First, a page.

Only Quality Resource Center offers a full suite of transition and training options, including on-site, web based, and our state of the art training center in northern California. Contact Quality Resource Center for all planning of transition arrangements and training.

 

ISO 9001:2015 & ISO 14001:2015 Upgrade and Transition Training

Is your firm currently certified under ISO 9001:2008 and/or ISO 14001:2003?

Are you wondering what will happen with ISO 9001:2015 and ISO 14001:2015?

There are some very significant and important changes heading your way…

 

Since 2012, all ISO management system standards have been in the process of being updated against the new 10-clause High Level Structure (HLS).

 

The ISO 9001 and ISO 14001 standards are undergoing radical transformation, raising questions and concerns over their new structures, revised documentation requirements, and a variety of other changes needed to comply with the new and improved standards.

 

The ISO 9001:2015 Standard will be released in September 2015.

 

ISO 14001:2015 will be released in August 2015.

 

In addition to the new structures, there are other sweeping changes.

 

The new ISO 9001:2015 and ISO 14001:2015 emphasize risk-based thinking beyond that seen in earlier versions.

 

The ISO 9001:2015 Draft International Standard (DIS) was released in May 2014 and the target is now fairly well-defined.

 

Quality Resource Center offers practical, hands-on, 1 and 2 -day courses in developing your strategy for making a seamless transition to the new requirements; Available at our world class training center, on-site at your facility, or via the internet in our popular webinar based system.

 

Pre-Requisite: Participants should be knowledgeable of the ISO 9001:2008 QMS standard.

 

Who Should Attend?

 

Any interested party involved in ISO 9001:2015 or ISO 14001:2015 quality and/or environmental management system implementation or upgrade.

 

Course Description:

 

Attendees to this important course should include, but not be limited, to all personnel within the organization, especially Top Management; such that they may all understand how to successfully implement the upcoming changes in the ISO 9001 and ISO 14001 standards.

 

The new approaches, outlined in the drafts, represent a dramatic turn in direction. There are new demands on management. Risk Analysis now takes center stage and must be considered throughout the organization. Specific documentation is no longer mandatory, but remains conspicuously implied.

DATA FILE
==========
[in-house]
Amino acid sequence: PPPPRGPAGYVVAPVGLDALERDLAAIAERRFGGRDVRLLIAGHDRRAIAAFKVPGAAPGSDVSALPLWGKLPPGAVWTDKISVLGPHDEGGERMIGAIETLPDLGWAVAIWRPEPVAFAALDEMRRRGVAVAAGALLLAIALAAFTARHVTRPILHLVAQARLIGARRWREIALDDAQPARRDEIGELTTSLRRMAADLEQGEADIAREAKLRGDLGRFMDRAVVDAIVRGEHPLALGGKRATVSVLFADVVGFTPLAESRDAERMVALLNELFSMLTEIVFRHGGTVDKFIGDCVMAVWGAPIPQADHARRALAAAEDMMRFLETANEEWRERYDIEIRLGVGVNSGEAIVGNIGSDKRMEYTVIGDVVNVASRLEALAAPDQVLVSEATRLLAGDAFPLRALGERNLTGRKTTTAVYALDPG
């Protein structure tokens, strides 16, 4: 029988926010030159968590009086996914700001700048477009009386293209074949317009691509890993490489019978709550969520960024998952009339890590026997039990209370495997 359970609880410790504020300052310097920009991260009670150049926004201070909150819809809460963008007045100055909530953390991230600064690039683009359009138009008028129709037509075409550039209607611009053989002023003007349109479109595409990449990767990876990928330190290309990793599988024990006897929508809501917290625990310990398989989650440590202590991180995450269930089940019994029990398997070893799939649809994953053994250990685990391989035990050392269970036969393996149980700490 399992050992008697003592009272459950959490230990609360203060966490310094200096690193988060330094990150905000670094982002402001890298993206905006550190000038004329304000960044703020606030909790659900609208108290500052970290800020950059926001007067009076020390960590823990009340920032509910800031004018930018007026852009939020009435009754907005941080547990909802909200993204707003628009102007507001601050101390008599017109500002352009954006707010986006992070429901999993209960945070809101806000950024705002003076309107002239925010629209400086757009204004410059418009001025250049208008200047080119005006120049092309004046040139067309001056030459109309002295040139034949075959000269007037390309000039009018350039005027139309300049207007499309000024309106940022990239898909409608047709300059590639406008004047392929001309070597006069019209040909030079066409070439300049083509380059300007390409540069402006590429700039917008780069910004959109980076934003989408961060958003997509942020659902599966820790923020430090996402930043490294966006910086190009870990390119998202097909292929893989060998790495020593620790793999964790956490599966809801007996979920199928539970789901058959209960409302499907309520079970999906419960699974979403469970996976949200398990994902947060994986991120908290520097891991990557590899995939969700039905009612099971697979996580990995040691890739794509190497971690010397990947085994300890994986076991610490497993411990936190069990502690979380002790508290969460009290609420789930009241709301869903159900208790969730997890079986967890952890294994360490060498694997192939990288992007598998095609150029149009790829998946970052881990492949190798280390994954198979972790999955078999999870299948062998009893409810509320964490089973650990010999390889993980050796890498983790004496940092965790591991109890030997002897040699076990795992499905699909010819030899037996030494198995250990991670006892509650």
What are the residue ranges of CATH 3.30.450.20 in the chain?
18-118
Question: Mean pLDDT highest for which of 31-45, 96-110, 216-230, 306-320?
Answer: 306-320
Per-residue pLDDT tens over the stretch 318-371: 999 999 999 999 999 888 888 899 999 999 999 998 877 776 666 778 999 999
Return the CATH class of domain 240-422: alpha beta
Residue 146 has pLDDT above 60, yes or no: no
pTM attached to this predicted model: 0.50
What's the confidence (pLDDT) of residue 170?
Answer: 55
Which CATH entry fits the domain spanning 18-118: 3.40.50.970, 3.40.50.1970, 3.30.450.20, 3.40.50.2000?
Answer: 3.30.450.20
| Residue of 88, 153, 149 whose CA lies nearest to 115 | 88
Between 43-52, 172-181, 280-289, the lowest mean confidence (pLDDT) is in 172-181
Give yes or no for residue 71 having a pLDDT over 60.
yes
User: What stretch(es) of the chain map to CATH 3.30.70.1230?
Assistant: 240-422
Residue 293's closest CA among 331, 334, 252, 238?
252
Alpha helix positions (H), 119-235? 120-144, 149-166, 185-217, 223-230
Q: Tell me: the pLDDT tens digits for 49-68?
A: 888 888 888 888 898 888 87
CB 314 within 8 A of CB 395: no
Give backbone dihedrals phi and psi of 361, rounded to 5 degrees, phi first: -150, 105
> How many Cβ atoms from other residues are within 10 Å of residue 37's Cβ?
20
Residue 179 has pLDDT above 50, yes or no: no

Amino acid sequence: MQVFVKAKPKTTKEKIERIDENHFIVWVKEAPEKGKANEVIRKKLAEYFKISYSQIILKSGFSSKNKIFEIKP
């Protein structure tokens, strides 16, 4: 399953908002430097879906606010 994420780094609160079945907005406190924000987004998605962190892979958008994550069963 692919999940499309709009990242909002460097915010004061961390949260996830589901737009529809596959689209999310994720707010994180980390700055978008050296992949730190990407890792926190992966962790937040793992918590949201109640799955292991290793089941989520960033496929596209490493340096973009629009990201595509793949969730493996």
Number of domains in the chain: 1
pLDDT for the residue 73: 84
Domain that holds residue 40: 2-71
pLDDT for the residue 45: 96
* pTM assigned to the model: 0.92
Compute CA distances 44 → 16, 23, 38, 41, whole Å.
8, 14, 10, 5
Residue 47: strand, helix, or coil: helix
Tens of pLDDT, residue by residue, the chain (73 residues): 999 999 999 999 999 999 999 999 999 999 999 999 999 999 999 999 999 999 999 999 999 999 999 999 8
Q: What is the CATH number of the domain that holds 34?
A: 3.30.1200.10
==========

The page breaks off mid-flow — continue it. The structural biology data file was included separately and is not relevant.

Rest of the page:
Quality Resource Center is uniquely positioned to lead you through the twists and turns of these important revisions and the effects they may have on your business. Our seasoned team of experts has experience that dates back to the original 1994 standard, the 2000 revision, and the 2008 revision.

 

Join us as we map out the latest versions of the revisions to ISO 9001 and ISO 14001. Quality Resource Center will provide the tools and techniques to help you understand the spirit and letter of the new revisions. With QRC, you can rise above the confusion and see how to prepare your team for management-led, risk-based thinking that can best position your organization.

 

These workshops will navigate you through the maze of changes and give you the latest information available from the technical committees to help you adopt this new approach.

 

Course Objectives:

 

This workshop will enable participants to:

 

  • Understand, interpret and plan for the changes in ISO 9001:2015
  • Receive up-to-date information on the key changes in both ISO 9001:2015 and ISO 14001:2015
  • Understand the 10 (ten) clauses of the new ISO Management System Annex SL
  • Gain insight into how the revisions provide closer relationship and alignment between ISO 9001, ISO 14001, ISO 13485, R2, AS9100C, OHSAS 18001, and ISO 27001, and ISO 22301
  • Get an overview of how these changes may affect the audit process
  • Learn the best practices that can help facilitate a smooth transition
  • Prepare for the transition plan to ISO 9001:2015 and ISO 14001:2015
  • Develop a strategy for effective implementation of the changes at their organization
  • Prepare for re-certification to ISO 9001:2015 and ISO 14001:2015
  • Understand how the new global push for a risk-based approach to business will affect your organization
  • Incorporate requirements for ISO 9001:2015 and ISO 14001:2015 Internal Audits
  • Train and prepare for ISO 9001:2015 and ISO 14001:2015 Internal Auditor Certification
  • Initiate Risk Analysis techniques and programs

 

BENEFITS:

 

At the conclusion of this course attendees will have been provided with:

 

  • An understanding of the reason for and the steps associated with revisions of the standards
  • An understanding of the philosophy behind, and the project management strategy to design a successful ISO 9001:2015 and/or ISO 14001:2015 implementation process
  • An understanding of the new structure of the ISO 9001:2015 and ISO 14001:2015 standards